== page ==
Mother Earth (Memphis Slim song)

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"Mother Earth"
Mother Earth single cover.jpg
Single by Memphis Slim and the House Rockers
B-side"Really Got the Blues"
ReleasedJanuary 1951 (1951-01)
Format10-inch 78 rpm record
LabelPremium (PR 867)
Songwriter(s)Peter Chatman a.k.a. Memphis Slim

"Mother Earth" is a blues song recorded by Memphis Slim in 1951. A slow twelve-bar blues, it is one of Slim's best-known songs and reached number seven in the Billboard R&B chart in 1951.[1]

"Mother Earth" features an unusual descending chromatic figure and an often-quoted chorus:[2]

Don't care how great you are, don't care what you're worth
When it all ends up you got to, go back to mother earth

Although an early review called it a "Blues moralizer, with group harmonizing in back of Slim's chanting, [having] a haunting effect, but [it] is on the tedious side",[3] it has been described as "an uncommonly wise down-tempo blues"[4] and "one of the finest down-tempo blues songs ever recorded".[5] Memphis Slim recorded several studio and live versions of the song during his career.

The 1960s San Francisco band Mother Earth, which featured the vocals of Tracy Nelson, took their name from the song. They showcased the song on their 1968 album Living with the Animals.

Eric Burdon & War included the song as part of the "Blues for Memphis Slim" medley for their 1970 debut album Eric Burdon Declares "War". In 1995, an edited version retitled "Mother Earth", was released on The Best of Eric Burdon and War.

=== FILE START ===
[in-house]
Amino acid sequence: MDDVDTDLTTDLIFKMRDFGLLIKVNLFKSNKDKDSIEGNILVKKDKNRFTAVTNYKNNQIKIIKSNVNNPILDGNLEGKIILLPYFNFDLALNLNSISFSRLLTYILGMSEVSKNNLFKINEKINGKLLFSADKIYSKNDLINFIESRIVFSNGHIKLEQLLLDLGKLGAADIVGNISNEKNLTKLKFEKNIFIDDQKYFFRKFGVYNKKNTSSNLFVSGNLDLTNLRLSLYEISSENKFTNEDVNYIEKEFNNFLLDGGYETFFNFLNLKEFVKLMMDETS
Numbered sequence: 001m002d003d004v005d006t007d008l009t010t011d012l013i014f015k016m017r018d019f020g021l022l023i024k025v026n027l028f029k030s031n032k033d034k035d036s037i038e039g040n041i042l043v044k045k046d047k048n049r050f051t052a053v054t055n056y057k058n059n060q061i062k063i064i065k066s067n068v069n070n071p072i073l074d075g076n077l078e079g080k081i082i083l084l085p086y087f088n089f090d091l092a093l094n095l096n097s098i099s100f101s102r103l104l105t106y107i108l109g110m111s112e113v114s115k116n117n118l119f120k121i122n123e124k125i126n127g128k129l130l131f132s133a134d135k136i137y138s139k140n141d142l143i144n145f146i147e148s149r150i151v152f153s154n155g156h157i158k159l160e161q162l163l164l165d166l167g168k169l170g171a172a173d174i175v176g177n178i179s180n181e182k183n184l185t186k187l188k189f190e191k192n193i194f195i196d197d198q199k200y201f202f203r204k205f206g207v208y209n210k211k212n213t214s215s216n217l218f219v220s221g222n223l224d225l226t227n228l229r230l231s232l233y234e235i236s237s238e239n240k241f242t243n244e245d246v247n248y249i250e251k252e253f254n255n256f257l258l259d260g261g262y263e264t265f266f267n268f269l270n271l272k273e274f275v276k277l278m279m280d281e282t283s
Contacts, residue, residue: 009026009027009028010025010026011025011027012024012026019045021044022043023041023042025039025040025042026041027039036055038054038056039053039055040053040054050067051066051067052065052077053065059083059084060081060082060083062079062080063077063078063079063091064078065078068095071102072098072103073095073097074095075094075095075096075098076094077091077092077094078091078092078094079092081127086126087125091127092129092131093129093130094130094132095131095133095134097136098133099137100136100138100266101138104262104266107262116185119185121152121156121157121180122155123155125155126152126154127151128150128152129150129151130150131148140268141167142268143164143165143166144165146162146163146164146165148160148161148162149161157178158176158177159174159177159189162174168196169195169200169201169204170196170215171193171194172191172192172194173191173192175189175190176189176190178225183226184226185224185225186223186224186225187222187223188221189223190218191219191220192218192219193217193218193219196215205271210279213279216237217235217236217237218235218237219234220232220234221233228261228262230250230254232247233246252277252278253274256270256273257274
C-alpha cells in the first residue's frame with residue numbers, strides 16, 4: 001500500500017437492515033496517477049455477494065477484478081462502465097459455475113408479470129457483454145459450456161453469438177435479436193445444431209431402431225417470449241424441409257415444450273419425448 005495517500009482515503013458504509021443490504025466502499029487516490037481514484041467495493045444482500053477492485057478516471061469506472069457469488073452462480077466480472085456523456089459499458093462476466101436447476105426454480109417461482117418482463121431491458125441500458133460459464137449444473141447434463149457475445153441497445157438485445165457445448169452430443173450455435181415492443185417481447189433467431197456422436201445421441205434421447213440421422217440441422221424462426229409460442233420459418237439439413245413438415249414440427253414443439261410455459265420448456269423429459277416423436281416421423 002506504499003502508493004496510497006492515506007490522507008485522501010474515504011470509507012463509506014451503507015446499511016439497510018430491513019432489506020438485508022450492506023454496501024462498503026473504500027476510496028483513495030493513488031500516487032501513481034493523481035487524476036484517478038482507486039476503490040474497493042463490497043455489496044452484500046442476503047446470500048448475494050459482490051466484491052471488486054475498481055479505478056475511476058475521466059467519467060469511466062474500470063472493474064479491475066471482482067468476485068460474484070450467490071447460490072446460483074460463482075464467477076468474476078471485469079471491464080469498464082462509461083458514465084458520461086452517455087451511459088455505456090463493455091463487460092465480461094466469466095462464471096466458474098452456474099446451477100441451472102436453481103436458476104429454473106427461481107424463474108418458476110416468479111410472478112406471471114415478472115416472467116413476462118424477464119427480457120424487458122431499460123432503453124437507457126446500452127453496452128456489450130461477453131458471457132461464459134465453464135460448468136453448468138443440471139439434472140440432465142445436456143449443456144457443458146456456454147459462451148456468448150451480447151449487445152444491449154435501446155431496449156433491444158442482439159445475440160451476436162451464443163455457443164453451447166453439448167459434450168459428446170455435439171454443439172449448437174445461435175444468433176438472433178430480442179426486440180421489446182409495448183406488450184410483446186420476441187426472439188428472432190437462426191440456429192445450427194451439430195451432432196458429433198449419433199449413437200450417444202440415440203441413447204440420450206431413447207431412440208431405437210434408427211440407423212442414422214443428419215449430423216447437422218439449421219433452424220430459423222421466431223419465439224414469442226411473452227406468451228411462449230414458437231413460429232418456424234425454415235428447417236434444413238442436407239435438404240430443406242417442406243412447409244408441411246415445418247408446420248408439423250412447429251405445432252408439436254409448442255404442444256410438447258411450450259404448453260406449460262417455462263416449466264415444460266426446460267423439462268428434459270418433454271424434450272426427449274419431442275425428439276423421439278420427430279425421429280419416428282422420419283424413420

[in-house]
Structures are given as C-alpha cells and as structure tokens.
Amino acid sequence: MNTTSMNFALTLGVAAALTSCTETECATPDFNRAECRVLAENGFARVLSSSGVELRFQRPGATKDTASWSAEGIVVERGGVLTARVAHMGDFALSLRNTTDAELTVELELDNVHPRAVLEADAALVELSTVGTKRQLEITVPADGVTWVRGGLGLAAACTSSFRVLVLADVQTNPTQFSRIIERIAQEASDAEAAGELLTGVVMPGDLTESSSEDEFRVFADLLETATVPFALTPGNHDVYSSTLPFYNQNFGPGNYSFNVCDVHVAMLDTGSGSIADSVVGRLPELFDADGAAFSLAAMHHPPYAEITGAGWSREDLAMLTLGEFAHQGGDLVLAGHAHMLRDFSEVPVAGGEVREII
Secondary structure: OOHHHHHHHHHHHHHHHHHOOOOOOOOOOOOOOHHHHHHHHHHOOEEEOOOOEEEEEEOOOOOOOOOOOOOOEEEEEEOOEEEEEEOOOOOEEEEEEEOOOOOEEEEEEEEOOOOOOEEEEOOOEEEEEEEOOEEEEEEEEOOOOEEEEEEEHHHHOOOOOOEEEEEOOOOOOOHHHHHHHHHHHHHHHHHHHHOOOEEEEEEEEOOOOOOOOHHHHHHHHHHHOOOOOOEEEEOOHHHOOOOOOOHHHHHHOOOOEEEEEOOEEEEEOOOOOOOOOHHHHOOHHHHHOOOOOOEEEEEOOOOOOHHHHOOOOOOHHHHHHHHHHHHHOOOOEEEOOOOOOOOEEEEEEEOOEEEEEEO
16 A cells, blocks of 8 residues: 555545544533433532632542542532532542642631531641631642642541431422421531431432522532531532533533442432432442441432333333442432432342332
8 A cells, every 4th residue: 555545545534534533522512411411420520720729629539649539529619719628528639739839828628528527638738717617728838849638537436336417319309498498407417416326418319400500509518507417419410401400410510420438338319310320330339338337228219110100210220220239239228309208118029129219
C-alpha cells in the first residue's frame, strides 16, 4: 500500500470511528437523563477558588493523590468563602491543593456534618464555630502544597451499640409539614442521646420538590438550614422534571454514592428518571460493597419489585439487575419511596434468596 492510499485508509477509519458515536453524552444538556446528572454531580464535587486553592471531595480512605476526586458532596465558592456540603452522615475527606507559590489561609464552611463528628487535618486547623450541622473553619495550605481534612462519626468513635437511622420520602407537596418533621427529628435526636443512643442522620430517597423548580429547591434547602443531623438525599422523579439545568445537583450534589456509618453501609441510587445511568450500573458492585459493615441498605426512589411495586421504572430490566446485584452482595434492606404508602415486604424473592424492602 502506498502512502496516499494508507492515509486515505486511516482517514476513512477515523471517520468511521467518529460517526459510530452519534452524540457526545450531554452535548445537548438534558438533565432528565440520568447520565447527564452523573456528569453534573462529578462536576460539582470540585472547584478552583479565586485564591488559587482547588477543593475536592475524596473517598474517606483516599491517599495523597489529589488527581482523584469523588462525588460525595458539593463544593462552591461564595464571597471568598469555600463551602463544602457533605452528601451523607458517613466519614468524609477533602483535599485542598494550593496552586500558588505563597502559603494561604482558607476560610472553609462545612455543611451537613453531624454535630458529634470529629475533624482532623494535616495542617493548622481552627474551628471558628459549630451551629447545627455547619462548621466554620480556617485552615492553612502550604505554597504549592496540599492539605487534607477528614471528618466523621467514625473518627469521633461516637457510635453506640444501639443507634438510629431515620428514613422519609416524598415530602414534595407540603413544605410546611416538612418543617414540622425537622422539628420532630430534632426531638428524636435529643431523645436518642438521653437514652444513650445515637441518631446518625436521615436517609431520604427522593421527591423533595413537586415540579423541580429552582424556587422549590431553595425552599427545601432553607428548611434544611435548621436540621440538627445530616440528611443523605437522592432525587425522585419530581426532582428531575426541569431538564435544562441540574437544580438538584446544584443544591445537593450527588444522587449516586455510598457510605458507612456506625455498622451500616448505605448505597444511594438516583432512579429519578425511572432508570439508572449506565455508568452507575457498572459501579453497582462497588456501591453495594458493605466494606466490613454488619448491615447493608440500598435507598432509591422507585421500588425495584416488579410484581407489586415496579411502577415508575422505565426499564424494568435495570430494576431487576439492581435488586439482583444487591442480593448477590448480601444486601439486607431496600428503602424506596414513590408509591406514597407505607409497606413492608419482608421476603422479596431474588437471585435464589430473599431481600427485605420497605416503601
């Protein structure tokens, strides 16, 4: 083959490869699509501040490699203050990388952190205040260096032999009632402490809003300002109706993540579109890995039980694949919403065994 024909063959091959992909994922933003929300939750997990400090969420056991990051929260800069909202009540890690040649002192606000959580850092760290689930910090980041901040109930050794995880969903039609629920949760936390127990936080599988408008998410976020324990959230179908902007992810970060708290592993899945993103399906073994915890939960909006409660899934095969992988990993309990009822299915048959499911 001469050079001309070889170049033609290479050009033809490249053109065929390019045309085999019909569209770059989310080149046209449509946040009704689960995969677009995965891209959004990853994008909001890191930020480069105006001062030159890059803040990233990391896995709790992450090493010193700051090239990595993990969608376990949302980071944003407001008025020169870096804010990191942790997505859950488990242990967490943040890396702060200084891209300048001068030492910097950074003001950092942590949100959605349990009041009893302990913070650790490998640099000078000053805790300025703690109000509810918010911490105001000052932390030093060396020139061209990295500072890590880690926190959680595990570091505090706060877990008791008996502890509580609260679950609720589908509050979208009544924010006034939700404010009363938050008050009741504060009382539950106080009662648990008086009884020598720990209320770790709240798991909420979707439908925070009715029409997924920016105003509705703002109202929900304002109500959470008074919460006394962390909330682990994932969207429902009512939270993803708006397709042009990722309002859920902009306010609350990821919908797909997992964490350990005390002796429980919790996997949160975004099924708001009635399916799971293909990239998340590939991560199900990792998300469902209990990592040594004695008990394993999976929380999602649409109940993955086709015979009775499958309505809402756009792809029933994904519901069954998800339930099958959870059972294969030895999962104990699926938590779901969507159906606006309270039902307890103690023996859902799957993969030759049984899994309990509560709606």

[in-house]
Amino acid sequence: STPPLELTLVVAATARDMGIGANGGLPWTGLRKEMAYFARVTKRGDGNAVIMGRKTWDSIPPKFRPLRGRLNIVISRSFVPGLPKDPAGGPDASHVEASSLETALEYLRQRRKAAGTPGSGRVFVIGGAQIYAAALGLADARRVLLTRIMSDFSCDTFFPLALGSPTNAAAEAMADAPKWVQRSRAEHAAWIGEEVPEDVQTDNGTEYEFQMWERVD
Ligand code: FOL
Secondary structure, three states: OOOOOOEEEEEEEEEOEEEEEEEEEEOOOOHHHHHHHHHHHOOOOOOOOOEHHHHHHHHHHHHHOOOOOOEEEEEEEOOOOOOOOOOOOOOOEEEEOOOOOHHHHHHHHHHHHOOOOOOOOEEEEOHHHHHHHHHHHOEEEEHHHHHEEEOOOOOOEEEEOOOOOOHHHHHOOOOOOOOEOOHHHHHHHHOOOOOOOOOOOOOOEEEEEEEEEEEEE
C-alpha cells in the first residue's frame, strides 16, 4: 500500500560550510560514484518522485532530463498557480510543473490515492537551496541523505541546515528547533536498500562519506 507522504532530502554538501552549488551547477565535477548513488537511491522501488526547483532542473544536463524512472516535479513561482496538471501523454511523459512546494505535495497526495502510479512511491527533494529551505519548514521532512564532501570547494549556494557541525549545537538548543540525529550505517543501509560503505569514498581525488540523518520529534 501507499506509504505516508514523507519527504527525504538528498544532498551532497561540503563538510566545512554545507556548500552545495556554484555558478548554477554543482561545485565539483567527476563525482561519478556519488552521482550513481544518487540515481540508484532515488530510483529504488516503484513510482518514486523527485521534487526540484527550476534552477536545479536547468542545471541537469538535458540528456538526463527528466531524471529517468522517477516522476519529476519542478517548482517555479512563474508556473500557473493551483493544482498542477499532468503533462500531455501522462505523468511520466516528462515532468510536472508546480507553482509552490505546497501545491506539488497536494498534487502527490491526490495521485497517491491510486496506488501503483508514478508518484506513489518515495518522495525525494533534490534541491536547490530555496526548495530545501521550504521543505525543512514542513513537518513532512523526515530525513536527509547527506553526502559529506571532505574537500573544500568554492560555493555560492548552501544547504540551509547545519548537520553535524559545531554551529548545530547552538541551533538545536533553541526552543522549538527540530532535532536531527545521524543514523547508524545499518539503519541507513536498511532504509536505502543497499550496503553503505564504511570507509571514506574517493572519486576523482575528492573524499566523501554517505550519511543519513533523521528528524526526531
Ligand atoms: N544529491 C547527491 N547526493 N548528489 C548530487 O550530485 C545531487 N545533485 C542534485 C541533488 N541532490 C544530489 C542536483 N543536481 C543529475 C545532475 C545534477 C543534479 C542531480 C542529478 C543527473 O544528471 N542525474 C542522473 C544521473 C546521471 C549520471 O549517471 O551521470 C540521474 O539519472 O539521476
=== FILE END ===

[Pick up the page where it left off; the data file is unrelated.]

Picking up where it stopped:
Two days before his death, Jimi Hendrix joined the band as an accompanist for the song at Ronnie Scott's Jazz Club in London, making "Mother Earth" one of his last public performances.[6]

Many artists have recorded the song,[7] including Gov't Mule for their self-titled 1995 debut album.


  1. ^ Whitburn, Joel (1988). Top R&B Singles 1942–1988. Menomonee Falls, Wisconsin: Record Research. p. 286. ISBN 0-89820-068-7.
  2. ^ One commentator noted that "'Mother Earth' by Memphis Slim was a basis for 'Gotta Serve Somebody'", a song Bob Dylan recorded for his Slow Train Coming album. Heine, Steven (2009). Bargainin' for Salvation: Bob Dylan, a Zen Master?. Continuum. p. 52. ISBN 978-0-8264-2950-6.
  3. ^ Billboard (May 5, 1951). "Rhythm & Blues Record Reviews – Memphis Slim: "Mother Earth"". Billboard. 63 (18): 85. ISSN 0006-2510.
  4. ^ Dahl, Bill (1996). "Memphis Slim". In Erlewine, Michael. All Music Guide to the Blues. San Francisco: Miller Freeman Books. p. 191. ISBN 0-87930-424-3.
  5. ^ Bearden, William (2006). Memphis Blues: Birthplace of a Music Tradition. Arcadia. p. 75. ISBN 978-0-7385-4237-9.
  6. ^ Cross, Charles (2005). Room Full of Mirrors. Hyperion. p. 329. ISBN 0-7868-8841-5.
  7. ^ "Song search results for mother earth". AllMusic. Retrieved July 18, 2017.